Thursday’s Headlines: CIA Confirms 7 Employees Killed in Afghan Attack


Updated 2:20pm ET

The CIA confirmed Thursday that the bombing in Afghanistan killed seven of its employees and wounded six others. In Washington, CIA director Leon Panetta said the seven killed in Wednesday’s attack “were far from home and close to the enemy, doing the hard work that must be done to protect our country from terrorism.”


The Taliban has claimed responsibility for a suicide bombing Wednesday that killed eight Americans on a CIA base in Afghanistan. The bombing marks the deadliest single attack on U.S. intelligence personnel in Afghanistan since the start of the war there in 2001. A spokesman for the Taliban said the bomber was “an Afghan National Army officer wearing a suicide vest.”

The CIA did not comment on the attack at Forward Operating Base Chapman in the eastern province of Khost, which is near the border with Pakistan. However, John E. McLaughlin, a former deputy director for the agency, told the Washington Post the attack is “the nightmare we’ve been anticipating since we went into Afghanistan and Iraq.”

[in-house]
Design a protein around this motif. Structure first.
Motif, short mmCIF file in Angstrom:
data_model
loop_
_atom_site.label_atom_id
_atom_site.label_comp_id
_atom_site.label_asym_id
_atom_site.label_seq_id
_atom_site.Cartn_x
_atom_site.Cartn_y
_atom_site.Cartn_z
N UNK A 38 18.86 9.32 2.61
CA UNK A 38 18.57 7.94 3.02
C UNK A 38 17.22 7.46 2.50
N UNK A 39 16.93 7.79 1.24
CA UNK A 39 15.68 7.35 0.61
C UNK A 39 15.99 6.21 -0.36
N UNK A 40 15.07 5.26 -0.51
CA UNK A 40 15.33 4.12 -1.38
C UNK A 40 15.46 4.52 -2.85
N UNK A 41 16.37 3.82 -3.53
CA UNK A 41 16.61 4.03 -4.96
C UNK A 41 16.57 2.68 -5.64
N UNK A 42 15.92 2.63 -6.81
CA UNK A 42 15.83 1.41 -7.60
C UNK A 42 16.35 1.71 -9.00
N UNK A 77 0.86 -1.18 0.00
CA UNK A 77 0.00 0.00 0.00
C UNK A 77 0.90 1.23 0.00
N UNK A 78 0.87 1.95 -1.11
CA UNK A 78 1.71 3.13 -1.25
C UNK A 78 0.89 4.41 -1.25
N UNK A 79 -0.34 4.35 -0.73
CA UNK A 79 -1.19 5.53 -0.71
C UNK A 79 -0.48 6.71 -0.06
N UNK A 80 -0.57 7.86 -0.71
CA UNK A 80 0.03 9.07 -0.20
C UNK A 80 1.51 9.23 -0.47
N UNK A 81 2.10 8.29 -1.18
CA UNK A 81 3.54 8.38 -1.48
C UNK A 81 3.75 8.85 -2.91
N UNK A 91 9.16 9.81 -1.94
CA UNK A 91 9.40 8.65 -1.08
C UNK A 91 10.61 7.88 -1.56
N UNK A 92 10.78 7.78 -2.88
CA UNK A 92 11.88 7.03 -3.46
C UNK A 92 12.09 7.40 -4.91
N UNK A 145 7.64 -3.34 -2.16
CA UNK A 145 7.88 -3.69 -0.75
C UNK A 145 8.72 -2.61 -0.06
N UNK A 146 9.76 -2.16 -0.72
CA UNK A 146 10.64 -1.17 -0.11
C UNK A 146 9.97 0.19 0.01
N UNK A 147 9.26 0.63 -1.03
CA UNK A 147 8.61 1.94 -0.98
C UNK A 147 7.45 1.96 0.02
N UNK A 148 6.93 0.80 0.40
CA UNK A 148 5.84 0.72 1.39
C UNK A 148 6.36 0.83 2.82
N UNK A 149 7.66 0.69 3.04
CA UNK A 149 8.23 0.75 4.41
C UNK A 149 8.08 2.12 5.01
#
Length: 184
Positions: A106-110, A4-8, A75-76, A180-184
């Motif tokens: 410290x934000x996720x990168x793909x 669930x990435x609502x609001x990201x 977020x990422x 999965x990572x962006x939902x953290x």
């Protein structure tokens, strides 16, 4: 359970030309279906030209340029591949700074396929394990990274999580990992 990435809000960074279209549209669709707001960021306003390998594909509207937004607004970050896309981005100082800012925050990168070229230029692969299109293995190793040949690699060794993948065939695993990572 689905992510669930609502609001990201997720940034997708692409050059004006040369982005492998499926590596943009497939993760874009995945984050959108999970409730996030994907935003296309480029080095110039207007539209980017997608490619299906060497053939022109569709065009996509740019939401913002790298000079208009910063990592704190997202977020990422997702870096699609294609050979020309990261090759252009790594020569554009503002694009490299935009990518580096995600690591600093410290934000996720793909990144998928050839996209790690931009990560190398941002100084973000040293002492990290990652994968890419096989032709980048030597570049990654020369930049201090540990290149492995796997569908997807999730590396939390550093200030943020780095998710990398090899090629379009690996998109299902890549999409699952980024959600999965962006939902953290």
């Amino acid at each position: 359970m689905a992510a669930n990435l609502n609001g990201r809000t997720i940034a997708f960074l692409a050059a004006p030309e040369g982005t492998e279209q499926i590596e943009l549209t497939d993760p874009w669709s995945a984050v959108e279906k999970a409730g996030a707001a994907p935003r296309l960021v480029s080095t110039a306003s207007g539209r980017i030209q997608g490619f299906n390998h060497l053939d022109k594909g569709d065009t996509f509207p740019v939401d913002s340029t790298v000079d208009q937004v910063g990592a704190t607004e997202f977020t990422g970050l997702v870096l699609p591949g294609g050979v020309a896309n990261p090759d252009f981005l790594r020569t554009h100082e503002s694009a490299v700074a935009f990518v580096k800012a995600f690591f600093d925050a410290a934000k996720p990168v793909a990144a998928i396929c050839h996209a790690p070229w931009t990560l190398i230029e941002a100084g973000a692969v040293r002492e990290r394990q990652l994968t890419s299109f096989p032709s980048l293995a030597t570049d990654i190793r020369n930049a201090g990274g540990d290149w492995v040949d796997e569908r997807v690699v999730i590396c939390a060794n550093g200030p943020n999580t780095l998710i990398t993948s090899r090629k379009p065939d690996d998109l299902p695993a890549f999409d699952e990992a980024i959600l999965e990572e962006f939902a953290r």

* President Barack Obama is set to receive a report ordered Tuesday detailing how government agencies missed clues that could have prevented 23-year-old Nigerian Umar Farouk Abdulmutallab from boarding Northwest Airlines flight 253 on Christmas Day with 80 grams of the explosive powder PETN. [The New York Times reports]( that the National Security Agency intercepted conversations by al-Qaida leaders in Yemen discussing a plot to use a Nigerian man in a terrorist attack. However, “American spy agencies later failed to combine the intercepts with other information that might have disrupted last week’s attempted airline bombing,” according to the Times. * [The United Nations is pulling out]( about a third of its international staff in Pakistan due to security concerns. “Our main priority is to continue all critical operations and to ensure that all our staff in Pakistan can operate in a safe manner,” the organization said in a statement. Eleven U.N. workers have died in Pakistan in 2009. * The number of newly laid-off workers filing claims for unemployment benefits took a surprise dip last week to its lowest level since July 2008. In all, initial jobless claims fell by 22,000 to 432,000 in the week ended December 26, [the Labor Department reported](